Proud to call Halton home – Safest Region in Canada

For the eighth straight year, I am proud to say that Halton Region continues to be the safest region in Canada, according to Statistics Canada’s recently released annual report.

The results are determined based on Statistics Canada’s 2016 Crime Severity Index (CSI) that track six personal and property crimes including homicide, sexual assault, aggravated assault, auto theft, robbery and breaking and entering.

Thanks to our dedication to community safety and our strong relationships with our police partners, Halton Region had the lowest overall crime rate, violent crime rate and property crime rate among Ontario’s ‘Big 12’ police services. We also maintained the lowest values for each of the indicators for eight straight reporting years.

DSC_1797Even though Halton is ranked as one of the safest regional municipalities in Canada, we’re always working with our community partners on key issues to ensure we’re doing all we can to keep Halton safe. Our recent partnership with the Halton Regional Police Service on developing a Community Safety and Well-Being Plan for Halton is an excellent example of this ongoing work.

Draft-Community-Safety-and-Well-Being-Plan-1Community safety and well-being planning is about proactively responding to issues in our community like mental health, neighbourhood safety, housing and homelessness and social isolation so that those in need of help can receive the right response at the right time (before there is a crisis).

If you’re interested in keeping our community safe, I encourage you to visit our web page to sign up for email updates about the Community Safety and Well-Being Plan and other community safety and well-being issues and initiatives. We also want to hear from you, so please tell us your thoughts by completing our survey.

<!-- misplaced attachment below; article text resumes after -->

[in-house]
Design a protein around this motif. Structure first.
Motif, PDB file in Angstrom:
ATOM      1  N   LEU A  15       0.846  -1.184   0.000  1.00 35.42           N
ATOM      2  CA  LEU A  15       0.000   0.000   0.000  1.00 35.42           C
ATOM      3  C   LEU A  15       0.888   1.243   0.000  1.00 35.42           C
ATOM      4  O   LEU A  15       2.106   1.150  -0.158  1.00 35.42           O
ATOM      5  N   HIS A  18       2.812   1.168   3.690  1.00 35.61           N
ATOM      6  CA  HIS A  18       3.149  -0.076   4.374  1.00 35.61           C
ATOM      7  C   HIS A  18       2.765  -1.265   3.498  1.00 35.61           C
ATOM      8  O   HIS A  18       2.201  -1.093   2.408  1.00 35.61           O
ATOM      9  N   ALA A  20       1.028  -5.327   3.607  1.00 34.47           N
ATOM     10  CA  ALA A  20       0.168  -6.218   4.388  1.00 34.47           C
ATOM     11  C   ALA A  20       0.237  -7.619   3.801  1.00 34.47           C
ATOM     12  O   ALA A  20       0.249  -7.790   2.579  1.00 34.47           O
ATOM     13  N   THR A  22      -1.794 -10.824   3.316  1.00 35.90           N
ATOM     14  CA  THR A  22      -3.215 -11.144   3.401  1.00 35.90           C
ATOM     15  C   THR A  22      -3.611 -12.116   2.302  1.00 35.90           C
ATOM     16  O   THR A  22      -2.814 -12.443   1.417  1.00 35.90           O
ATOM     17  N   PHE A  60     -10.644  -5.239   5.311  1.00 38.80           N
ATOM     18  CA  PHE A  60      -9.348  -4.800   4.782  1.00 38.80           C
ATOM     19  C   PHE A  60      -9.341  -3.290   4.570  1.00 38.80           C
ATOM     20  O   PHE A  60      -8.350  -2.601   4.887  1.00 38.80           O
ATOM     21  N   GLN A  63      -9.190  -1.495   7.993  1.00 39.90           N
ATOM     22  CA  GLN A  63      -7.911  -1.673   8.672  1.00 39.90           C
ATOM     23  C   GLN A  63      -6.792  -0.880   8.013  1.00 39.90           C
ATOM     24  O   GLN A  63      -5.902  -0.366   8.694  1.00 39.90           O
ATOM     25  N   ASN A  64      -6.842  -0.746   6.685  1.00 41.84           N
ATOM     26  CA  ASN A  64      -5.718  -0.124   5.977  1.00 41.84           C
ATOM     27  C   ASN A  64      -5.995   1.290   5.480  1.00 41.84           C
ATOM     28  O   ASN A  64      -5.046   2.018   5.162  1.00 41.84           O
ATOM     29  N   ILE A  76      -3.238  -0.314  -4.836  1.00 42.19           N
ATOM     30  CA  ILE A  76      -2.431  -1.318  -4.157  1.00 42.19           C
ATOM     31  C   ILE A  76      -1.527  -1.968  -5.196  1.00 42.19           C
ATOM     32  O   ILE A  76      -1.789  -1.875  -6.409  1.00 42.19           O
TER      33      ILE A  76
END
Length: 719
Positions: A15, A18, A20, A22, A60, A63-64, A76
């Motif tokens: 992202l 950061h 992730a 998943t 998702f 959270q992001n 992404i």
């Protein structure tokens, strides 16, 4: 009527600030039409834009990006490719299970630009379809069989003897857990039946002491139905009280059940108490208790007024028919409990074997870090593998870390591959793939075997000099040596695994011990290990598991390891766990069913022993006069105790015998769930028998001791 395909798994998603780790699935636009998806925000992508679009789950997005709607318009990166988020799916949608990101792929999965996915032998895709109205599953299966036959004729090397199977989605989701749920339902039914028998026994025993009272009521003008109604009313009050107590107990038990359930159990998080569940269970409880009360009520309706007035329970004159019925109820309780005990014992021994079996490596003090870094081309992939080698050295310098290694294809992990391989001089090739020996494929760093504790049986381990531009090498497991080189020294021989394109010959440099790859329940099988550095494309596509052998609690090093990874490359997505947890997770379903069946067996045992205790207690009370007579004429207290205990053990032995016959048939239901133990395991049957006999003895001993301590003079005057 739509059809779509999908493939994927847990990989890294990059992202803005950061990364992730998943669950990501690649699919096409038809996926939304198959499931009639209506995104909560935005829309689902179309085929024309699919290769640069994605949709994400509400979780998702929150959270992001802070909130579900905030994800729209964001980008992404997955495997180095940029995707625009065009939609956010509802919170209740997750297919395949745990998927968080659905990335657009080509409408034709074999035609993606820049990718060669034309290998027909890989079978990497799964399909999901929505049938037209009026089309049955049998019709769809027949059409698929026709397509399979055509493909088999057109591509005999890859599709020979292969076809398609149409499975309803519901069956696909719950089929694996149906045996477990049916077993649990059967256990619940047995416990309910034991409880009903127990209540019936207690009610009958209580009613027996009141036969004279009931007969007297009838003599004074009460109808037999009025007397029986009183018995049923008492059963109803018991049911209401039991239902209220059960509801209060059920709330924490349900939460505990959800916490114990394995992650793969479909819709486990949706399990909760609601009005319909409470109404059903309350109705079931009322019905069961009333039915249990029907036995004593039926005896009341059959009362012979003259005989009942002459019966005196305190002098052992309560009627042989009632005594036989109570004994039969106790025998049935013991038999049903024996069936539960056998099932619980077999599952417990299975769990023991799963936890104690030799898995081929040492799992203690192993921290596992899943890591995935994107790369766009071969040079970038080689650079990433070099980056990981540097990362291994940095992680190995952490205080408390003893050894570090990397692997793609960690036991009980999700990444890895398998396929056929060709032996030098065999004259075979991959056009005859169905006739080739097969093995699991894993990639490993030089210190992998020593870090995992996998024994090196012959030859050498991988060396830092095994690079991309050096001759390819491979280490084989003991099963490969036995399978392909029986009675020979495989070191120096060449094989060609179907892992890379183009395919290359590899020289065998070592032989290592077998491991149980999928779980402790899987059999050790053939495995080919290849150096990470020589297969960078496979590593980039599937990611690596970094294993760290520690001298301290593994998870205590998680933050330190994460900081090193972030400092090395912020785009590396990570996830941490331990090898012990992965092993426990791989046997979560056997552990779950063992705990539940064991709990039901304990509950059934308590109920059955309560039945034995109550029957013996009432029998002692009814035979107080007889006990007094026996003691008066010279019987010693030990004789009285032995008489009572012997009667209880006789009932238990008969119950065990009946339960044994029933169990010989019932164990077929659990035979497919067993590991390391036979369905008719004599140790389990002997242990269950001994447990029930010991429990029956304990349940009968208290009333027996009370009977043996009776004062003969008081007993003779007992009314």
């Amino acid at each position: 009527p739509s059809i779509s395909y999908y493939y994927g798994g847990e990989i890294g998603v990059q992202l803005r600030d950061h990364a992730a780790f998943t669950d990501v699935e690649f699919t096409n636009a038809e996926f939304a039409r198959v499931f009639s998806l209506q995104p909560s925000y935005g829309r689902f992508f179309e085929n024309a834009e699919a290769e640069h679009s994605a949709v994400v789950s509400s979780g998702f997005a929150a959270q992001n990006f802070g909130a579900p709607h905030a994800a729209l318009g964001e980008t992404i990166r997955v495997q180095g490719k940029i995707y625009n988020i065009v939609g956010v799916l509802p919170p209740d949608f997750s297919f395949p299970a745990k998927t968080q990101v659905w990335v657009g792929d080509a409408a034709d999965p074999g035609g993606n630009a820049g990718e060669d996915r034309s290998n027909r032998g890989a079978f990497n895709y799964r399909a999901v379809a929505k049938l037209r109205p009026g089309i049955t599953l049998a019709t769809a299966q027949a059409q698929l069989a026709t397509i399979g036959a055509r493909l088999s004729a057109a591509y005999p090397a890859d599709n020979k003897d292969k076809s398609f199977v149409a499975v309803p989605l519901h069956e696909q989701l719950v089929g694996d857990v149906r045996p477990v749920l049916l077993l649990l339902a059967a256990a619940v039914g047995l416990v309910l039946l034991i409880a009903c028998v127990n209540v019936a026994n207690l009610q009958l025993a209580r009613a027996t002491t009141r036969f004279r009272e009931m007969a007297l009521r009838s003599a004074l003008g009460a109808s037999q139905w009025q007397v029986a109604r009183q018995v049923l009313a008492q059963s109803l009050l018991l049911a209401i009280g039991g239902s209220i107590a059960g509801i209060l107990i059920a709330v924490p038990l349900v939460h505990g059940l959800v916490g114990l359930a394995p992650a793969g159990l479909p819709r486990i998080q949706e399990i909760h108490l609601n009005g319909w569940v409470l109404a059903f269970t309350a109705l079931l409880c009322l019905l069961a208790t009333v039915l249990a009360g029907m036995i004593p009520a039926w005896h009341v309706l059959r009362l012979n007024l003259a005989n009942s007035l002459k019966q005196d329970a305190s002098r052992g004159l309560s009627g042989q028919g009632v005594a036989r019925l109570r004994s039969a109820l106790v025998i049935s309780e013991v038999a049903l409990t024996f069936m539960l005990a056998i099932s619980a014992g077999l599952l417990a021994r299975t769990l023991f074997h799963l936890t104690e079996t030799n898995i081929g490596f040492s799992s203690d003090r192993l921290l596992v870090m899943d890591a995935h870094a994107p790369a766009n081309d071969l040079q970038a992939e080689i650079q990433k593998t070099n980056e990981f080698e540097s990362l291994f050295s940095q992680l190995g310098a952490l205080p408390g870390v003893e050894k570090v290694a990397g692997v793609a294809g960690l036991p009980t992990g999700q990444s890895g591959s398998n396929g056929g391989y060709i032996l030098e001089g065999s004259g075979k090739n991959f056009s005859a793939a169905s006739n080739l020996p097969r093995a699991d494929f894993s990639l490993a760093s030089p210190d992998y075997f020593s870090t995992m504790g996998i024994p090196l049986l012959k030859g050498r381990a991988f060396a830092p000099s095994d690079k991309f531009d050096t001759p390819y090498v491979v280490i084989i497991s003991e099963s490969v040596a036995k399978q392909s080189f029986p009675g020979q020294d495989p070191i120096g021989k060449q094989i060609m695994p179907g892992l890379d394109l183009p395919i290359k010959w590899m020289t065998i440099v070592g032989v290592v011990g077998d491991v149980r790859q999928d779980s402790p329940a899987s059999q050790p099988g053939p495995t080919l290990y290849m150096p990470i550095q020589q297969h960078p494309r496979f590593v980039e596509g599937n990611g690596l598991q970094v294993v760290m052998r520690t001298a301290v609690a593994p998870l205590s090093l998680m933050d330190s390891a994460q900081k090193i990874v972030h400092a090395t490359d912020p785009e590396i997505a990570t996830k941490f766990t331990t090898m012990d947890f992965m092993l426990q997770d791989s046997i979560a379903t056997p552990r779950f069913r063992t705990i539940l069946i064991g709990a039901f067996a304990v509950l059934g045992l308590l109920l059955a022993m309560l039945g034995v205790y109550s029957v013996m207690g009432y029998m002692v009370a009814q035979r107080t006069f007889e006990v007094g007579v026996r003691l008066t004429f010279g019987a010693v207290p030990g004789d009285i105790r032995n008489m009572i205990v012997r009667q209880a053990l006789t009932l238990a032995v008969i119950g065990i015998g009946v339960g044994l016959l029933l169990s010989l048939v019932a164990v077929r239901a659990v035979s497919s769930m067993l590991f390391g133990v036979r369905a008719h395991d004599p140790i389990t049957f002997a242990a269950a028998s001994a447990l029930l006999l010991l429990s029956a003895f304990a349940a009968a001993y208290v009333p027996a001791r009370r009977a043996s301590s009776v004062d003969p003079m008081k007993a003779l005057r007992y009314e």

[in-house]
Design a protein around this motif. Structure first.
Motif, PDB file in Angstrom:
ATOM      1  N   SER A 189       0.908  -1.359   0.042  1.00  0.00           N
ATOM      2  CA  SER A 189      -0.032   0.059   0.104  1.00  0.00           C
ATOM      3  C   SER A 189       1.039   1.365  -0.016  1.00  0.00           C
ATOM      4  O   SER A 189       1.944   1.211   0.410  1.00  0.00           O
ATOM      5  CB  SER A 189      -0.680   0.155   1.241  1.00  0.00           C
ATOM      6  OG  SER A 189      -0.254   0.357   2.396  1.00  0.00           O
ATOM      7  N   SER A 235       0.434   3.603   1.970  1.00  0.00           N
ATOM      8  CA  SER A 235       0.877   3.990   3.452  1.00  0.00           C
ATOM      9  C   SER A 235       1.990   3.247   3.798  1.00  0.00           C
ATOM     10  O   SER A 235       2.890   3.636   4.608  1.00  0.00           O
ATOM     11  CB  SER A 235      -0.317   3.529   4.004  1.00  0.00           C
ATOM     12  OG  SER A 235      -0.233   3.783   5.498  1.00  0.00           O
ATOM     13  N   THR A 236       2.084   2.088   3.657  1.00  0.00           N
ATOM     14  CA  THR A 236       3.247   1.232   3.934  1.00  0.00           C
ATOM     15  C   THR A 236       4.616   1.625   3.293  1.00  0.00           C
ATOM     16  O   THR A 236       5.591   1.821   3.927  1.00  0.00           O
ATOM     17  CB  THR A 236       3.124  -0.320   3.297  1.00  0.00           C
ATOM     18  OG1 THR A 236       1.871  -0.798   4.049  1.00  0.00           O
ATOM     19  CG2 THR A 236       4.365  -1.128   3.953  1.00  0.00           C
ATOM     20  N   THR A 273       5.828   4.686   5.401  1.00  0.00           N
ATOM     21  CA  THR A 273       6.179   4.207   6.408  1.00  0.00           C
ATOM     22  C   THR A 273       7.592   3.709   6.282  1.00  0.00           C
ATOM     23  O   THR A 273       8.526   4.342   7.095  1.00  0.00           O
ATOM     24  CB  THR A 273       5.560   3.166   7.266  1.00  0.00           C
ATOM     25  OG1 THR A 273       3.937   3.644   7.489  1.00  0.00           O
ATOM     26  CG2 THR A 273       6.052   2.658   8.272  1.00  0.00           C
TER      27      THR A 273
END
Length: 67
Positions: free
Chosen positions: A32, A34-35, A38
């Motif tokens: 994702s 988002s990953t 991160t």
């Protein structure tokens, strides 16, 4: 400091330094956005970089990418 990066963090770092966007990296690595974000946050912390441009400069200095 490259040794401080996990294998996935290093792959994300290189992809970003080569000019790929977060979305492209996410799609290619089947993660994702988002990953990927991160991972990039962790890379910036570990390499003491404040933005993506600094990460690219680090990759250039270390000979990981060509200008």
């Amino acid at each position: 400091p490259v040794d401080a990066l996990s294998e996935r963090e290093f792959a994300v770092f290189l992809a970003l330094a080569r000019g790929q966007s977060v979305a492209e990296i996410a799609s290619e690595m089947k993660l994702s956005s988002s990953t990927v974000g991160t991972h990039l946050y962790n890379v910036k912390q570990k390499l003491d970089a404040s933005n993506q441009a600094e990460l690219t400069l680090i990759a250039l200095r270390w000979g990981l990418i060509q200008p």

red_light_road_signOther programs we’re implementing to encourage safety across our community include red light cameras, Project Lifesaver Halton and Drive SAFE programs including reminding people of the dangers of distracted driving and impaired driving.

Halton’s reputation as a safe community is one of the reasons so many people and businesses choose to call Halton home. This achievement is the result of our residents, businesses and local municipalities, working together with the great police officers and staff of the Halton Regional Police Service, to ensure Halton Region remains a great place to live, work, raise a family and retire.

To learn more about community safety, visit, and

As always, if you have any Regional concerns or comments you would like to share, please feel free to email me at You can also find me on Twitter @garycarrhalton, LinkedIn or Facebook. To receive further updates on Regional issues, please subscribe to my quarterly e-newsletter, “The Carr Report”.

Road Safety: Working together for a common goal

Road safety is everyone’s responsibility. No matter whether you’re driving, walking, cycling, or skateboarding, we all have a role to play. As we head into the May long weekend, please ensure you follow the rules and obey the laws to help keep Halton a safe community. 

Canada Road Safety Week is May 13-19. During the week our Halton Regional Police Service and other police services across the country will be the targeting high-risk driving behaviors known as the “Big 4 Killers”:

The police do great work but they can’t do it alone. As a community, we all need to help. If you notice someone driving aggressively, you can report them through the Road Watch program. Road Watch is a community-driven program encouraging anonymous reporting of dangerous and/or aggressive driving. If you suspect someone is intoxicated while driving, please call 911.

 Together we can help keep Halton’s roads safe by only driving when sober, being mindful of the speed limit, using seat belts properly, avoiding distractions and using patience with our fellow drivers. Each of us can make a difference. 

So please be safe, be alert, and whatever you do, don’t drink and drive.

Did you know?

  • Impaired driving is the leading cause of criminal death in Canada.
  • The greatest numbers of alcohol-related crashes occur during the summer months (June, July, and August).

As always, if you have any Regional concerns or comments you would like to share, please feel free to email me at You can also find me on Twitter @garycarrhalton or on Facebook. To receive further updates on Regional issues, please subscribe to my quarterly e-newsletter, “The Carr Report.”